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Brad Perkins is CEO of Cascadia High Speed Rail LLC. Contact him at This email address is being protected from spambots. You need JavaScript enabled to view it. and learn more at

PERKINSAfter a recent transportation poll was completed by FM3 Research, Andy Shaw, Metro's regional affairs director stated that "people are hungry for systematic improvements that make the system better for everyone."

The poll also concluded that Portland-area voters believe the region is headed in the wrong direction. For example, the current proposed I-5 corridor projects will waste billions of dollars on short-term cosmetic changes that do not address long commute times and rapid population growth such as:

• $500 million to widen I-5 lanes at the Rose Quarter, which will not add travel lanes

• $3 billion to $4 billion on a new attempt to replace the I-5 bridges

• $2.9 billion to put MAX on Barbur Boulevard, taking 30 minutes from PSU to Bridgeport

• $1 billion to $5 billion to improve Amtrak's average speed in Oregon from 42 mph to 48 mph on UP freight tracks.

Costly transportation projects in the I-5 corridor must consider the opportunity for private/public investment in a faster and more reliable high-speed rail alternative that eventually connects towns from Eugene to Vancouver, B.C. When proper technical and funding comparisons are made between a fast, electrified rail corridor to population centers versus all other alternatives, there is no comparison.

Cascadia High Speed Rail, LLC has spent 12 years designing and analyzing the feasibility of an exclusive double-track rail corridor using the adjacent publicly owned I-5 rights of way in Oregon as the best route for 200-mph electrified bullet trains. In 2016 the Cascadia High Speed Rail corridor was registered with the Federal Rail Administration's Fast Program.

Washington and British Columbia recently contracted the WSP Company to complete a $1.2 million ultra-high-speed transit study between Portland and Vancouver, B.C. Washington's legislature and Gov. Jay Inslee are working on forming a bi-state rail authority to implement an exclusive high speed rail corridor to improve collaboration between Cascadia High Speed Rail's proposed double-track corridor is planned to support three train systems:

• Cascadia Inter City Express is designed to move people between the Rose Quarter and Seattle in one hour.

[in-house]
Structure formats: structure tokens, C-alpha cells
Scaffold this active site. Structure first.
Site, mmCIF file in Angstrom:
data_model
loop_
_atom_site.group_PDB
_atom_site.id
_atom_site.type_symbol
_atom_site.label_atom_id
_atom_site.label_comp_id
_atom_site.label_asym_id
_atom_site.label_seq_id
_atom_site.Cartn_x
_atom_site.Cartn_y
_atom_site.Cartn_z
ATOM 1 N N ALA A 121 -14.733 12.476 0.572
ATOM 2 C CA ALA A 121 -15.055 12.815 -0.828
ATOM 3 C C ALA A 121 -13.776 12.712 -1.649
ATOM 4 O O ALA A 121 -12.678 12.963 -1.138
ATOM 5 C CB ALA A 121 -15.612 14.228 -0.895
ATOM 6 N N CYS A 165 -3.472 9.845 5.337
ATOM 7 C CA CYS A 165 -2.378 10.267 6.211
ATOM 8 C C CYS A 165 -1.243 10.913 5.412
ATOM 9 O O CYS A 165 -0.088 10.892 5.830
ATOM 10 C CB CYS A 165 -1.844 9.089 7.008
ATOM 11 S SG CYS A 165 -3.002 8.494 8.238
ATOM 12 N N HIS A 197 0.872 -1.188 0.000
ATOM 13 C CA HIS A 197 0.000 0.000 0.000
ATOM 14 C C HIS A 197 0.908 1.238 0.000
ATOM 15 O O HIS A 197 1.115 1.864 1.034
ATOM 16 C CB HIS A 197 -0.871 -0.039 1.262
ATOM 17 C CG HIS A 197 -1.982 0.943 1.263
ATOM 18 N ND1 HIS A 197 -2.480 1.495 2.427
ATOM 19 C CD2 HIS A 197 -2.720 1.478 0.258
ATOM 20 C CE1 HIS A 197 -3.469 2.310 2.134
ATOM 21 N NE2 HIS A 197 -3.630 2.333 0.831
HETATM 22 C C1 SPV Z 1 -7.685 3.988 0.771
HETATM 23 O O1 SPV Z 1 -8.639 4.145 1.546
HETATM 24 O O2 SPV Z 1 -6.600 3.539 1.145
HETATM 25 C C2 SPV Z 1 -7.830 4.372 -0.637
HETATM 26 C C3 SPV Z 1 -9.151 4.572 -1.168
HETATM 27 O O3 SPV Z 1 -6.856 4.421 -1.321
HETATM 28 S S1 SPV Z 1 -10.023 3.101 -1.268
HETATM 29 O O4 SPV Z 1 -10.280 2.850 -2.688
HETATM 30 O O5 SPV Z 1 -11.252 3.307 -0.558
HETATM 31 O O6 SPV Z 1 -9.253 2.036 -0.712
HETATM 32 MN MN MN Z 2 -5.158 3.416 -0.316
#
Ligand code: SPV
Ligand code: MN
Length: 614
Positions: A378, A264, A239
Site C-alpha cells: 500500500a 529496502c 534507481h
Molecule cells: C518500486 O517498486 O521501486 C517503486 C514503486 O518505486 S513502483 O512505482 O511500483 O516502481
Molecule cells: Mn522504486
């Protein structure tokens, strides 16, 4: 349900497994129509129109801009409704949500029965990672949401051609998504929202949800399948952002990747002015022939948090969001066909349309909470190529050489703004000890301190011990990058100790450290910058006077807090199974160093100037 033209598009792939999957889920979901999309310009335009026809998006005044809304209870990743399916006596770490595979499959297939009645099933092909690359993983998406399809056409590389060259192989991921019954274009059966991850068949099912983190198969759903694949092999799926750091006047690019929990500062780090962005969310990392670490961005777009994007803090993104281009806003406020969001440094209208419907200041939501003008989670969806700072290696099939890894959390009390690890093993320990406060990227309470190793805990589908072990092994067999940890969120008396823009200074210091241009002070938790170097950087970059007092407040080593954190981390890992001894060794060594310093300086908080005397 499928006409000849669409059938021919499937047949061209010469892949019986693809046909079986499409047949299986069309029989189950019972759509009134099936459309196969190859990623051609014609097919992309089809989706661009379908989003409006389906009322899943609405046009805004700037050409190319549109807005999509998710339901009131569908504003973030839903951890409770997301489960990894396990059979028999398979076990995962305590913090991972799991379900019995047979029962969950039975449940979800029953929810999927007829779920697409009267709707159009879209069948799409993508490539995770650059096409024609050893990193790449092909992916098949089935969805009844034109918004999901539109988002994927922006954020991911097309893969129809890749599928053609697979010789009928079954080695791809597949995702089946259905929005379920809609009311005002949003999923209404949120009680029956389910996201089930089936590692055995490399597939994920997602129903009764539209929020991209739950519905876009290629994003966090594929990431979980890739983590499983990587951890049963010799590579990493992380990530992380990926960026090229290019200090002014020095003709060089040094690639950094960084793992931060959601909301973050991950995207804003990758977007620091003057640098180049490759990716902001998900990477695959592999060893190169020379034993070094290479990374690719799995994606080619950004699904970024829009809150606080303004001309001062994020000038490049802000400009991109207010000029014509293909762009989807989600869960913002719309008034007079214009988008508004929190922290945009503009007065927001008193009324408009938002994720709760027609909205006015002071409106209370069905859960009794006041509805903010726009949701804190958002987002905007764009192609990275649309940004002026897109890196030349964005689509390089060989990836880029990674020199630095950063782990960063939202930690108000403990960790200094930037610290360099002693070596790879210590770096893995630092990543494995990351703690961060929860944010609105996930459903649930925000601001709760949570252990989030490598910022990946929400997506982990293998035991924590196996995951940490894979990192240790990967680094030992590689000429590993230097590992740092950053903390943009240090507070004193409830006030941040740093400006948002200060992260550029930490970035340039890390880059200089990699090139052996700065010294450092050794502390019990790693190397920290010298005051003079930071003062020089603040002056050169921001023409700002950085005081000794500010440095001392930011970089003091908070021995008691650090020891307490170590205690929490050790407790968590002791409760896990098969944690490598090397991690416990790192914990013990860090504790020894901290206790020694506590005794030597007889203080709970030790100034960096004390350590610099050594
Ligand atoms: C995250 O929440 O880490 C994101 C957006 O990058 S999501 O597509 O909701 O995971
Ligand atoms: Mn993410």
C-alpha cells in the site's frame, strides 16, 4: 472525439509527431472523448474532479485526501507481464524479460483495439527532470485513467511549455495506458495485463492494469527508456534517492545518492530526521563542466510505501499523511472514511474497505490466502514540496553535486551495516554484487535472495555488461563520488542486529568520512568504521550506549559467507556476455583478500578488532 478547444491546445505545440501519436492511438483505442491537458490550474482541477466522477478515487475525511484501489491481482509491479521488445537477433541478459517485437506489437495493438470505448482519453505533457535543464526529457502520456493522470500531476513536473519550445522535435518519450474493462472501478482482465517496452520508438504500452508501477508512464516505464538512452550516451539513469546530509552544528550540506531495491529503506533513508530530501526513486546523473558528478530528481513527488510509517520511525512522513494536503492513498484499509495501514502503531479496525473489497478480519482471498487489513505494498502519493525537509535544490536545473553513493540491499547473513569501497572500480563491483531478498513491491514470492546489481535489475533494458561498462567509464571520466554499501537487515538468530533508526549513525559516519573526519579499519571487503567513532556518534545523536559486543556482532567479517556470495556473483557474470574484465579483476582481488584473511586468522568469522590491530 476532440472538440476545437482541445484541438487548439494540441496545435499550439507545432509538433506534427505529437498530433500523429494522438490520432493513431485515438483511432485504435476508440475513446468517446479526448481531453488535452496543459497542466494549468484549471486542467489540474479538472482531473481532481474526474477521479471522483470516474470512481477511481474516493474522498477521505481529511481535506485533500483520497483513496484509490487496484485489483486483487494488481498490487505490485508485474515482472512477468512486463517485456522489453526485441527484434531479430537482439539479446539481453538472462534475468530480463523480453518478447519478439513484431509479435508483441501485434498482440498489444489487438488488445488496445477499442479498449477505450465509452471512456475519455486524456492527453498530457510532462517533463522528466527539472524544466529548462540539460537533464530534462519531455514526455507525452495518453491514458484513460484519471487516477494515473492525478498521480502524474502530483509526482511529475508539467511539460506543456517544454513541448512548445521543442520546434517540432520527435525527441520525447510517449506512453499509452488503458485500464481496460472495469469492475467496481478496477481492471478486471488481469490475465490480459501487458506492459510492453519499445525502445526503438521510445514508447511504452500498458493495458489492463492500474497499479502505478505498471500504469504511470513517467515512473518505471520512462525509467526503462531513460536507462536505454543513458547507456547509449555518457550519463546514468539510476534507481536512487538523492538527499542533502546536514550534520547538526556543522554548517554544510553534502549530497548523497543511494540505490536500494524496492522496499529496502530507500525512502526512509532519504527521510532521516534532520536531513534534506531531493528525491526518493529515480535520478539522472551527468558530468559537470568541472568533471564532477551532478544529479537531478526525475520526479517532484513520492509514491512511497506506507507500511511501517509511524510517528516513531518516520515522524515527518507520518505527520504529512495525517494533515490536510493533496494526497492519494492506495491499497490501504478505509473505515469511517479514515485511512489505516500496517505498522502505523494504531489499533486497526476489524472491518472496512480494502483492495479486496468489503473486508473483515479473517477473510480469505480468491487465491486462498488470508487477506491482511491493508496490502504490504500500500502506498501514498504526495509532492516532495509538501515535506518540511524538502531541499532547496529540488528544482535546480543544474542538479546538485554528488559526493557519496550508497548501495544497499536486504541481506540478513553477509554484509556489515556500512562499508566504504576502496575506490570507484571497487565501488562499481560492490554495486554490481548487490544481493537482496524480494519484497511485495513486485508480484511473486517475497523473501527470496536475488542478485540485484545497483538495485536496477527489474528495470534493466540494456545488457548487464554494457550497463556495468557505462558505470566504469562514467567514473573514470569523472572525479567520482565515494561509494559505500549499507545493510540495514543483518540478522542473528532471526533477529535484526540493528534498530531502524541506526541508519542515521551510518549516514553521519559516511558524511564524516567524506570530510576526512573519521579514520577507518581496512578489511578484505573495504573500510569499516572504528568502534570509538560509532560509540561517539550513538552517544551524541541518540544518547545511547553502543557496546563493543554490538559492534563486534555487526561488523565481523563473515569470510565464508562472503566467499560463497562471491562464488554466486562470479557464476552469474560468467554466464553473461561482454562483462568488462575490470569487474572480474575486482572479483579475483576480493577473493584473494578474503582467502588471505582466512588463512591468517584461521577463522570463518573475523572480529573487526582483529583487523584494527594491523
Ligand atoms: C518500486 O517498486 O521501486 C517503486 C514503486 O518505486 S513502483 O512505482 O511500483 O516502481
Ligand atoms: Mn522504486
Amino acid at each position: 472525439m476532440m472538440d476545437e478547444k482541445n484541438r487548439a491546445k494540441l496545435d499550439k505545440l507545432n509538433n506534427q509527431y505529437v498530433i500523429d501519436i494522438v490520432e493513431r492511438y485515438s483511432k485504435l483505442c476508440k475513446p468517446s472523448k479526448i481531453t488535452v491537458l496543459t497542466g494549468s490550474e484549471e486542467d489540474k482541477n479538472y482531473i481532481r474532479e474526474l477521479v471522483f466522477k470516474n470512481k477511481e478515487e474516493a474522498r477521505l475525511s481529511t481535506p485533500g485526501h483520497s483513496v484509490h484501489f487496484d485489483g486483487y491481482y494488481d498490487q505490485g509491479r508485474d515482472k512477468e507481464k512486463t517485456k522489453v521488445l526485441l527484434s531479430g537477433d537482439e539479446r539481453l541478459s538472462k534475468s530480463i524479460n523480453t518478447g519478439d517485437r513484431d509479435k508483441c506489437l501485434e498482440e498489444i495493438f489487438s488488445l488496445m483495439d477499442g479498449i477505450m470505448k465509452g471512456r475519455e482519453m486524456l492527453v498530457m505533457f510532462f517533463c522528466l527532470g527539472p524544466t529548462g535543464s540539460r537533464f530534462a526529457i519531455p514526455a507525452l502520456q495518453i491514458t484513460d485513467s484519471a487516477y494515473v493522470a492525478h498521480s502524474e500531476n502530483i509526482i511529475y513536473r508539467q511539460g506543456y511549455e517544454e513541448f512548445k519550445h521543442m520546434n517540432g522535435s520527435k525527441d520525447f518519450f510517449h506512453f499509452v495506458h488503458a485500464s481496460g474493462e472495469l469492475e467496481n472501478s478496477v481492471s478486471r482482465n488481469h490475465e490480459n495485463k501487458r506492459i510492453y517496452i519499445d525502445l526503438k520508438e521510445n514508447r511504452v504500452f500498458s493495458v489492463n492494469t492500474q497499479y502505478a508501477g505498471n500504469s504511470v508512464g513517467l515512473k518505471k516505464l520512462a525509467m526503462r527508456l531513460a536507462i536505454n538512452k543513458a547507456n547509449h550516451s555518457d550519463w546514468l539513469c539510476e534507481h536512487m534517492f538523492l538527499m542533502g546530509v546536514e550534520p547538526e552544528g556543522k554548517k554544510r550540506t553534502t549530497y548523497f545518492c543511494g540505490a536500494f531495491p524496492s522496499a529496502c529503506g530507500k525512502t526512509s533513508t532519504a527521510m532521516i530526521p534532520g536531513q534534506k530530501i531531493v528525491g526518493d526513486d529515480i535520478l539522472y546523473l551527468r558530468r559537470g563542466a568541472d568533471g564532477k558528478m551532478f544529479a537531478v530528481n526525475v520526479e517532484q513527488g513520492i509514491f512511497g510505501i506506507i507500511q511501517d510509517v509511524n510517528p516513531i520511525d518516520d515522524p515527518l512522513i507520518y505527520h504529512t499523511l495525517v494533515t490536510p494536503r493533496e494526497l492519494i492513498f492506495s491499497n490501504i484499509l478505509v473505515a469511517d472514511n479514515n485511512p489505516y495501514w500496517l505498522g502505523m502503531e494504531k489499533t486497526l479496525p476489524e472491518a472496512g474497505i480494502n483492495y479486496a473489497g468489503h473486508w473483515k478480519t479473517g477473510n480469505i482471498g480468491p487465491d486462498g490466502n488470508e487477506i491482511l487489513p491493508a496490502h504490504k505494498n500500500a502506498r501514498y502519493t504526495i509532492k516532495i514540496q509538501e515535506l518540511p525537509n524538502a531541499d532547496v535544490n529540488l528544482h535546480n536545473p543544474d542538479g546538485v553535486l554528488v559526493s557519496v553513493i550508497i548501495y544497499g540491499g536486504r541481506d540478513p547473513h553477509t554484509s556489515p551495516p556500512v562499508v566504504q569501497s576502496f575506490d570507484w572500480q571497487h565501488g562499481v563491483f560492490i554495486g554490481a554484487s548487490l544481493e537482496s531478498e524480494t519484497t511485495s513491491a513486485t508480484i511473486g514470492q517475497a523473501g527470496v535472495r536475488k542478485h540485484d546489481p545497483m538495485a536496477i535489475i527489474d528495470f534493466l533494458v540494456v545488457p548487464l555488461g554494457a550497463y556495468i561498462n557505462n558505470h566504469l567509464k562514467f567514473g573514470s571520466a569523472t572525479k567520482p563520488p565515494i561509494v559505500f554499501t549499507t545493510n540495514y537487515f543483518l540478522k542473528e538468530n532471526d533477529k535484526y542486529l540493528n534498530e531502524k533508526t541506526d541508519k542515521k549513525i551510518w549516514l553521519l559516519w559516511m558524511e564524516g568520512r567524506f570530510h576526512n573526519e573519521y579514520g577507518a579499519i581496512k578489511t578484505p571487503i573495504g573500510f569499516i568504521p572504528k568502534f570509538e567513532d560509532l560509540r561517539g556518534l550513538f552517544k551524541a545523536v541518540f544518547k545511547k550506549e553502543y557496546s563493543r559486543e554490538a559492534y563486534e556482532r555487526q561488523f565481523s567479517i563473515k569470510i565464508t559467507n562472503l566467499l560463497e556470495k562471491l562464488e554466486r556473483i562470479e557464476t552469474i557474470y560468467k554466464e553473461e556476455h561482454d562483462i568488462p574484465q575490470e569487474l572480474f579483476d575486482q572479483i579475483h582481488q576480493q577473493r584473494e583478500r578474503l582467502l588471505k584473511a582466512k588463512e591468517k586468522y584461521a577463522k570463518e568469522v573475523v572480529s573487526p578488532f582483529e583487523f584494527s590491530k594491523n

• Cascadia Commuter Express could connect the Rose Quarter and Bridgeport/Tualatin in 10 minutes, moving 16,000 people each hour.

• Cascadia High Speed Rail can also move parcel freight in record time.

The first phase of this corridor could be a new six-minute commuter connection from the Rose Quarter to Vancouver, Washington. It would include a new multi-modal bridge for rail and vehicles over the Columbia River, west of the BNSF Railroad Bridge, to Northwest 78th and I-5 in Vancouver.

It should be the first phase of a needed 28-mile Cascadia Commuter Express corridor between Wilsonville and Vancouver. Why not the goal of 28 rail express miles by 2028?

In Portland, there are 33.5 acres of publicly-owned property in the Rose Quarter area that does not generate property tax revenue. As the center for MAX and bus connections, near the crossroads of I-5/I-84, it is the logical location for a Cascadia High Speed Rail station, which would solidify the Rose Quarter as the transportation hub and development anchor on the east bank of the Willamette River. A citizens involvement committee, approved by the city council, is needed to help plan a better street pattern to make developable blocks for dense mixed-use projects. Private development on newly created taxable blocks causes a prolonged revenue stream to help pay for new infrastructure.

Fast and reliable trains, connected to transportation hubs, naturally influence developer competition for nearby property. Town centers, with mixed use and affordable housing, are then created with less need for government subsidies to stimulate development. Trails and rails connected to communities will vary the cost of living, travel time and convenience in towns between Eugene and British Columbia.

Oregonians are now at a crossroad whether or not to support innovative ways to develop town centers and needed carbon-reducing transportation corridors between British Columbia and California. It would be a paradigm shift from an auto-dependent land use system to a more equitable transit/bike/pedestrian-oriented lifestyle. Gov. Kate Brown needs your voice in support of this new Cascadia High Speed Rail economic growth corridor.

Brad Perkins is CEO of Cascadia High Speed Rail, LLC; contact him at This email address is being protected from spambots. You need JavaScript enabled to view it. and learn more at >

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